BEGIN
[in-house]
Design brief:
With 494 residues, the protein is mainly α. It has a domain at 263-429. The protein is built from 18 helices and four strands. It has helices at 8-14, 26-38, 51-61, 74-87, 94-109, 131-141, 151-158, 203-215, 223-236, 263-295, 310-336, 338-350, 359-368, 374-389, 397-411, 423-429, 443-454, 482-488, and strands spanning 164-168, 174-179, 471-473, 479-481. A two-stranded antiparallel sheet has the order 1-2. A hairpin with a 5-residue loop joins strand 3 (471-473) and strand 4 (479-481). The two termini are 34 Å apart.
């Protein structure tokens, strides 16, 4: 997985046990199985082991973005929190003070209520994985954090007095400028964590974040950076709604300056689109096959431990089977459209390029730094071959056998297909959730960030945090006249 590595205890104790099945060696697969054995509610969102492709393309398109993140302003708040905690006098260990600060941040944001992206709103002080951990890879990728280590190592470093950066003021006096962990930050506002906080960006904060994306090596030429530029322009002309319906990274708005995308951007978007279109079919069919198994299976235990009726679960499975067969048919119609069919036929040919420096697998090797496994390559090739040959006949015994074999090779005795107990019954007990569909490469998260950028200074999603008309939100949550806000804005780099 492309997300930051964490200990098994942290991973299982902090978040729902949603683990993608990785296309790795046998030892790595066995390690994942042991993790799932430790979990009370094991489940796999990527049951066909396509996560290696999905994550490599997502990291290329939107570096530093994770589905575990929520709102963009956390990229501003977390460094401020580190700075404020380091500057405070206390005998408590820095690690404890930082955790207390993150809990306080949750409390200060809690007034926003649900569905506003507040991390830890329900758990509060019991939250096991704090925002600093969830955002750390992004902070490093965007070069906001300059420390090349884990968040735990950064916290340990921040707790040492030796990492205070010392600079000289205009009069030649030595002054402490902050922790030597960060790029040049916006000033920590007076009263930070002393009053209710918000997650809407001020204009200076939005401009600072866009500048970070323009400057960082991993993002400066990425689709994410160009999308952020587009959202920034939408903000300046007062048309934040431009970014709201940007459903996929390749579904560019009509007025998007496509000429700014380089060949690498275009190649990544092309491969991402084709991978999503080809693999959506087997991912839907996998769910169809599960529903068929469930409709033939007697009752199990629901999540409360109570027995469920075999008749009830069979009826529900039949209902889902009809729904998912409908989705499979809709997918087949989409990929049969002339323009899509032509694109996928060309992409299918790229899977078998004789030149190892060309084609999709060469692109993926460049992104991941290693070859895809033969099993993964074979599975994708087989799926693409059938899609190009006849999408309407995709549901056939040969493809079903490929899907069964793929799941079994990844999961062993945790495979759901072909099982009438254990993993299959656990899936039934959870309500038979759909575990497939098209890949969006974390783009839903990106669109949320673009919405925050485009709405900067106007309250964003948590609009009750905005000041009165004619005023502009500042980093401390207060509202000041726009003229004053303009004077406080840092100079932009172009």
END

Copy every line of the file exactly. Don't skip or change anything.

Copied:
[in-house]
Design brief:
With 494 residues, the protein is mainly α. It has a domain at 263-429. The protein is built from 18 helices and four strands. It has helices at 8-14, 26-38, 51-61, 74-87, 94-109, 131-141, 151-158, 203-215, 223-236, 263-295, 310-336, 338-350, 359-368, 374-389, 397-411, 423-429, 443-454, 482-488, and strands spanning 164-168, 174-179, 471-473, 479-481. A two-stranded antiparallel sheet has the order 1-2. A hairpin with a 5-residue loop joins strand 3 (471-473) and strand 4 (479-481). The two termini are 34 Å apart.
């Protein structure tokens, strides 16, 4: 997985046990199985082991973005929190003070209520994985954090007095400028964590974040950076709604300056689109096959431990089977459209390029730094071959056998297909959730960030945090006249 590595205890104790099945060696697969054995509610969102492709393309398109993140302003708040905690006098260990600060941040944001992206709103002080951990890879990728280590190592470093950066003021006096962990930050506002906080960006904060994306090596030429530029322009002309319906990274708005995308951007978007279109079919069919198994299976235990009726679960499975067969048919119609069919036929040919420096697998090797496994390559090739040959006949015994074999090779005795107990019954007990569909490469998260950028200074999603008309939100949550806000804005780099 492309997300930051964490200990098994942290991973299982902090978040729902949603683990993608990785296309790795046998030892790595066995390690994942042991993790799932430790979990009370094991489940796999990527049951066909396509996560290696999905994550490599997502990291290329939107570096530093994770589905575990929520709102963009956390990229501003977390460094401020580190700075404020380091500057405070206390005998408590820095690690404890930082955790207390993150809990306080949750409390200060809690007034926003649900569905506003507040991390830890329900758990509060019991939250096991704090925002600093969830955002750390992004902070490093965007070069906001300059420390090349884990968040735990950064916290340990921040707790040492030796990492205070010392600079000289205009009069030649030595002054402490902050922790030597960060790029040049916006000033920590007076009263930070002393009053209710918000997650809407001020204009200076939005401009600072866009500048970070323009400057960082991993993002400066990425689709994410160009999308952020587009959202920034939408903000300046007062048309934040431009970014709201940007459903996929390749579904560019009509007025998007496509000429700014380089060949690498275009190649990544092309491969991402084709991978999503080809693999959506087997991912839907996998769910169809599960529903068929469930409709033939007697009752199990629901999540409360109570027995469920075999008749009830069979009826529900039949209902889902009809729904998912409908989705499979809709997918087949989409990929049969002339323009899509032509694109996928060309992409299918790229899977078998004789030149190892060309084609999709060469692109993926460049992104991941290693070859895809033969099993993964074979599975994708087989799926693409059938899609190009006849999408309407995709549901056939040969493809079903490929899907069964793929799941079994990844999961062993945790495979759901072909099982009438254990993993299959656990899936039934959870309500038979759909575990497939098209890949969006974390783009839903990106669109949320673009919405925050485009709405900067106007309250964003948590609009009750905005000041009165004619005023502009500042980093401390207060509202000041726009003229004053303009004077406080840092100079932009172009």